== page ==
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30 Jan 2003 : Column 1044W—continued

Schools (Crime)

Mr. Watson: To ask the Secretary of State for the Home Department what recent study he has made into the level of crime in proximity to schools. [90782]

Mr. Denham: Two recently published studies commissioned by the Home Office and Youth Justice Board provide an indication of the level of personal robbery and street crime in the vicinity of schools.

Recently published Home Office research ("The Nature of Personal Robbery", Home office Research Study 254, 2003) which looked at the nature of personal robbery, found that only 1 per cent. of personal robberies actually occurred on or around school or college premises, though this may be an underestimate. However, the study also found that the risk period for school age victims was late afternoon (2 p.m. to 6 p.m.) when more than half (54 per cent.) were targeted and when many were making their way home from school, or similarly socialising with friends.

Similarly, recently published research commissioned by the Youth Justice Board ("Young People and Street Crime: Research into young people's involvement in street crime"), which focuses on street crime in London boroughs in the main, found that offending peaks dramatically after school finishes on weekdays, often in the vicinity of schools or on the main routes taken home by pupils. The research suggested that even if the perpetrators had not attended school during the day, they may well gravitate back there if they have nothing else to do.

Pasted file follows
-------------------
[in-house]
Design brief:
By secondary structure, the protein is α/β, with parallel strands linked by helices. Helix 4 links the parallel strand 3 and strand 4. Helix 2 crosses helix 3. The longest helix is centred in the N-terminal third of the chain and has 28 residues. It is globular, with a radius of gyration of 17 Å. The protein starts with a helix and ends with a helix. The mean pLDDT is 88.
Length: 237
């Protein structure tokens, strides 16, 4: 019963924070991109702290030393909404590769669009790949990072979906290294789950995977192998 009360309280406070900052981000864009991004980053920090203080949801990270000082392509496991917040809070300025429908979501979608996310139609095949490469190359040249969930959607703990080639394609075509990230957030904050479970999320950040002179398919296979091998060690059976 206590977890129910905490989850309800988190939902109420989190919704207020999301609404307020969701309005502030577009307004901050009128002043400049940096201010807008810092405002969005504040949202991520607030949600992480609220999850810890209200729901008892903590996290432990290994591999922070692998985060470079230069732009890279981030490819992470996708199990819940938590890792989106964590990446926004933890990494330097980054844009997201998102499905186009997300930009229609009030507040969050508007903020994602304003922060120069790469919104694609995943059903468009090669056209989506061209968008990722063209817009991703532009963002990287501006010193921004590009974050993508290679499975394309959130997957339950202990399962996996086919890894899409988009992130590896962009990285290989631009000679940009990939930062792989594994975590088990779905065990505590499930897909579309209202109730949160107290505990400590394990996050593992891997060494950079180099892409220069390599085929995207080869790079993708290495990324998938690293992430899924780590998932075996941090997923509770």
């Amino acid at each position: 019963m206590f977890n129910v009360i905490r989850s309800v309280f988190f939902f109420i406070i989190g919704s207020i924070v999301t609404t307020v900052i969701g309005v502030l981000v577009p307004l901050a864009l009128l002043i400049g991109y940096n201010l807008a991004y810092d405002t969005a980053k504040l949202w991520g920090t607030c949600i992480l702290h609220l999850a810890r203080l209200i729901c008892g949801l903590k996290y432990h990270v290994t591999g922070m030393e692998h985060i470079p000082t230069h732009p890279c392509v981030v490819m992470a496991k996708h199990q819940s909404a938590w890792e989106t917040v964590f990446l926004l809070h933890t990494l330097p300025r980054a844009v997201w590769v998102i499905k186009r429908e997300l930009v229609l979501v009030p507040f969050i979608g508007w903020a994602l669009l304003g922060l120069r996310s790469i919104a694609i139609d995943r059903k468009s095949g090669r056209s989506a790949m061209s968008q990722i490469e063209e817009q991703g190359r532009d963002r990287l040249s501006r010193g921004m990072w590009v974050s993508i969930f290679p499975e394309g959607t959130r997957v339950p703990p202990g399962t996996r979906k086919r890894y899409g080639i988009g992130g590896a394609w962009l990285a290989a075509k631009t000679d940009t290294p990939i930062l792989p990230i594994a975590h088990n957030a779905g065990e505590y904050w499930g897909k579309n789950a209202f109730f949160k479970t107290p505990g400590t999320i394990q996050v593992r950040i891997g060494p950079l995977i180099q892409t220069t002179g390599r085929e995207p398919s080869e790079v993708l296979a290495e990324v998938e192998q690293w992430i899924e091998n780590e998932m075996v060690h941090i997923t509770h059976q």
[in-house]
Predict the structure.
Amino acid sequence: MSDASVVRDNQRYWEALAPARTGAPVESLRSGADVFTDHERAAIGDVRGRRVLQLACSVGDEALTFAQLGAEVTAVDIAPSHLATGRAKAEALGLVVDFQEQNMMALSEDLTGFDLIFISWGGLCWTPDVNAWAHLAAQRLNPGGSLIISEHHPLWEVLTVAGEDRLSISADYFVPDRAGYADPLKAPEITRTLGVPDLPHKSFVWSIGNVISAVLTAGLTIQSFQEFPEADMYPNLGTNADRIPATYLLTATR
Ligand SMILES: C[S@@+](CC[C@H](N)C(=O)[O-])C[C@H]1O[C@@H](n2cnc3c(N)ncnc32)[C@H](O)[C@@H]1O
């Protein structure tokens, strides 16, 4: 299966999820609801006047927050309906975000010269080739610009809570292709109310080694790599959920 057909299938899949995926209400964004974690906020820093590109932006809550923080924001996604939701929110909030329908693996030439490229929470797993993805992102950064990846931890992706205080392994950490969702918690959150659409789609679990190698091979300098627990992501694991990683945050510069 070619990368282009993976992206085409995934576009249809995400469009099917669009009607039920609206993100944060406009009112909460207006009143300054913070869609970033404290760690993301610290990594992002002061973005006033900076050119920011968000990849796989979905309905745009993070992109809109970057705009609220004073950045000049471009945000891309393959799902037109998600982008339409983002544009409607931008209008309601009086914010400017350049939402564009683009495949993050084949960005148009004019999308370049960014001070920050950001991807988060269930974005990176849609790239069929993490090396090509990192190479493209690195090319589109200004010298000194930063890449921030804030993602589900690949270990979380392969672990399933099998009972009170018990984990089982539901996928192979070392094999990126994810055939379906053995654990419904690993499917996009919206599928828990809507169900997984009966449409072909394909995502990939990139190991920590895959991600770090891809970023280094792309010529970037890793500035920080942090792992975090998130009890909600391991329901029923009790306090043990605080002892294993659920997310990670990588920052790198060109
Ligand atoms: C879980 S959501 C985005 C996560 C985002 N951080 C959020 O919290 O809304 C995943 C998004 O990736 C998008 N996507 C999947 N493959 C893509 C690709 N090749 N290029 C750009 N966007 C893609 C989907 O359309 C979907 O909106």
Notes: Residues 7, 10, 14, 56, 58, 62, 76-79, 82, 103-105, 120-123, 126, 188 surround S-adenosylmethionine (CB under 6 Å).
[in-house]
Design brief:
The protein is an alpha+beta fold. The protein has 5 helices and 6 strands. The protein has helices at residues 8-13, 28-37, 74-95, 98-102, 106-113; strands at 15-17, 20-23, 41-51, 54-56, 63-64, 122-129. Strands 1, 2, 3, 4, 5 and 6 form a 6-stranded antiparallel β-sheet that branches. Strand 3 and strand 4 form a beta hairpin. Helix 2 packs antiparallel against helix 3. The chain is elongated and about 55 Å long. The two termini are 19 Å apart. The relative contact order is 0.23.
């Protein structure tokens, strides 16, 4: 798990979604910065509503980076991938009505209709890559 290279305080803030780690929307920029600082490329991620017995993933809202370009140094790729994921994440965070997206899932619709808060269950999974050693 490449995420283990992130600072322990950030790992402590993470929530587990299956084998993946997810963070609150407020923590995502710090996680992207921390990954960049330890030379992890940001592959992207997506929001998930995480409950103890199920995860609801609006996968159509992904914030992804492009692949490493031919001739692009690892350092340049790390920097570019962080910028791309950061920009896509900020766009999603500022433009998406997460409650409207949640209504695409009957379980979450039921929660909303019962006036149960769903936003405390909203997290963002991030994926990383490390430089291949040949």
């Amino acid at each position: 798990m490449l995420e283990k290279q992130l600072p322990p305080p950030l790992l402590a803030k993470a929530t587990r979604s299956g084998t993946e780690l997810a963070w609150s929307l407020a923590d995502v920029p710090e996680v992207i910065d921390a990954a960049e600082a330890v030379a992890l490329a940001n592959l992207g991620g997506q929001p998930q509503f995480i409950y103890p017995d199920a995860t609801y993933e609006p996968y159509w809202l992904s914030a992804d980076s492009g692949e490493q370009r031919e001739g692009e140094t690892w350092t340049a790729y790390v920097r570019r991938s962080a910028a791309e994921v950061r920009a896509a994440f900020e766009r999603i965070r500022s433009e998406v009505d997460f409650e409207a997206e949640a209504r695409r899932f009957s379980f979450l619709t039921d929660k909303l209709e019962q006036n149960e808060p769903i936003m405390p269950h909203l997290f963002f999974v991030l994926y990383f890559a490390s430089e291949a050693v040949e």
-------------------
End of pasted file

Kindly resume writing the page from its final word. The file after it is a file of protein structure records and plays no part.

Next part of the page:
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As part of the package of measures to tackle street crime and improve behaviour in schools, there are now 100 police officers based in selected schools in areas with high levels of street crime. This is a joint initiative between the Department for Education and Skills (DfES), the Youth Justice Board (YJB) and the Association of Chief Police Officers (ACPO) and is called Safer School Partnerships (SSP).

Safer School Partnerships build on previous police involvement in schools where police officers have tended to take an essentially teaching role; as part of an SSP their role is more operational. They provide a much fuller level of resource and will be able to develop a much closer relationship with the school and its community.